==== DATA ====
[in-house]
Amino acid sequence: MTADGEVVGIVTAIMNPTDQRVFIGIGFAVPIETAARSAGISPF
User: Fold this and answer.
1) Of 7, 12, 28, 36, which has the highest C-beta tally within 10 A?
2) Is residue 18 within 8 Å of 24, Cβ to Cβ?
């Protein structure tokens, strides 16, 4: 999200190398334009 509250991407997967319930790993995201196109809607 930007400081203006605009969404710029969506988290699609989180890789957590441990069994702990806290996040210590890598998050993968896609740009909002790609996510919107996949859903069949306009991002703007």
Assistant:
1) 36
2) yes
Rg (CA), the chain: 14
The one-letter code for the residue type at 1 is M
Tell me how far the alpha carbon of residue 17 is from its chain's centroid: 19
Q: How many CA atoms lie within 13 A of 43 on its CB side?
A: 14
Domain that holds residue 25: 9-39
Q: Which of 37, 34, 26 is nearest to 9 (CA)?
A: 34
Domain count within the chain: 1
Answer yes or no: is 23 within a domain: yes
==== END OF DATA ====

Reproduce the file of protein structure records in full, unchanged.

[in-house]
Amino acid sequence: MTADGEVVGIVTAIMNPTDQRVFIGIGFAVPIETAARSAGISPF
User: Fold this and answer.
1) Of 7, 12, 28, 36, which has the highest C-beta tally within 10 A?
2) Is residue 18 within 8 Å of 24, Cβ to Cβ?
């Protein structure tokens, strides 16, 4: 999200190398334009 509250991407997967319930790993995201196109809607 930007400081203006605009969404710029969506988290699609989180890789957590441990069994702990806290996040210590890598998050993968896609740009909002790609996510919107996949859903069949306009991002703007």
Assistant:
1) 36
2) yes
Rg (CA), the chain: 14
The one-letter code for the residue type at 1 is M
Tell me how far the alpha carbon of residue 17 is from its chain's centroid: 19
Q: How many CA atoms lie within 13 A of 43 on its CB side?
A: 14
Domain that holds residue 25: 9-39
Q: Which of 37, 34, 26 is nearest to 9 (CA)?
A: 34
Domain count within the chain: 1
Answer yes or no: is 23 within a domain: yes